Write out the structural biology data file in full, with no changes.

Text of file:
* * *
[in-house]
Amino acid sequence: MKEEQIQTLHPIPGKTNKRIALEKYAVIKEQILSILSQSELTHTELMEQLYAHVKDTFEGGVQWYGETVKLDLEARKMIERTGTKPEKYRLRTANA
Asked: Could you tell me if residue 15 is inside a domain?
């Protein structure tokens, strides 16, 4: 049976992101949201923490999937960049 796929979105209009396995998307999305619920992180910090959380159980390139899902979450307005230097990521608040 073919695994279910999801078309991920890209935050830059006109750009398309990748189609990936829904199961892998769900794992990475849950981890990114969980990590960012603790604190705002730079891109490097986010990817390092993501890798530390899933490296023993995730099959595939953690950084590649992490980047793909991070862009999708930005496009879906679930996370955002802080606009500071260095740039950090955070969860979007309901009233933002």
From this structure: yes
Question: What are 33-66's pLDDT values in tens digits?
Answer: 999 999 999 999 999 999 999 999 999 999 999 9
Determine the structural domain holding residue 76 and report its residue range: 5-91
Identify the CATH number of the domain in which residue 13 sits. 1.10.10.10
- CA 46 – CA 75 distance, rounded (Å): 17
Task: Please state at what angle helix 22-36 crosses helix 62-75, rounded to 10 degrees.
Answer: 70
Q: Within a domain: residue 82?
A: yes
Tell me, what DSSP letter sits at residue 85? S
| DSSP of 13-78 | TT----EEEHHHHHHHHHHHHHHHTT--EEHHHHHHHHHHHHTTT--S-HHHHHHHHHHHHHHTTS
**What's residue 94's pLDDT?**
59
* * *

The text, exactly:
[in-house]
Amino acid sequence: MKEEQIQTLHPIPGKTNKRIALEKYAVIKEQILSILSQSELTHTELMEQLYAHVKDTFEGGVQWYGETVKLDLEARKMIERTGTKPEKYRLRTANA
Asked: Could you tell me if residue 15 is inside a domain?
């Protein structure tokens, strides 16, 4: 049976992101949201923490999937960049 796929979105209009396995998307999305619920992180910090959380159980390139899902979450307005230097990521608040 073919695994279910999801078309991920890209935050830059006109750009398309990748189609990936829904199961892998769900794992990475849950981890990114969980990590960012603790604190705002730079891109490097986010990817390092993501890798530390899933490296023993995730099959595939953690950084590649992490980047793909991070862009999708930005496009879906679930996370955002802080606009500071260095740039950090955070969860979007309901009233933002």
From this structure: yes
Question: What are 33-66's pLDDT values in tens digits?
Answer: 999 999 999 999 999 999 999 999 999 999 999 9
Determine the structural domain holding residue 76 and report its residue range: 5-91
Identify the CATH number of the domain in which residue 13 sits. 1.10.10.10
- CA 46 – CA 75 distance, rounded (Å): 17
Task: Please state at what angle helix 22-36 crosses helix 62-75, rounded to 10 degrees.
Answer: 70
Q: Within a domain: residue 82?
A: yes
Tell me, what DSSP letter sits at residue 85? S
| DSSP of 13-78 | TT----EEEHHHHHHHHHHHHHHHTT--EEHHHHHHHHHHHHTTT--S-HHHHHHHHHHHHHHTTS
**What's residue 94's pLDDT?**
59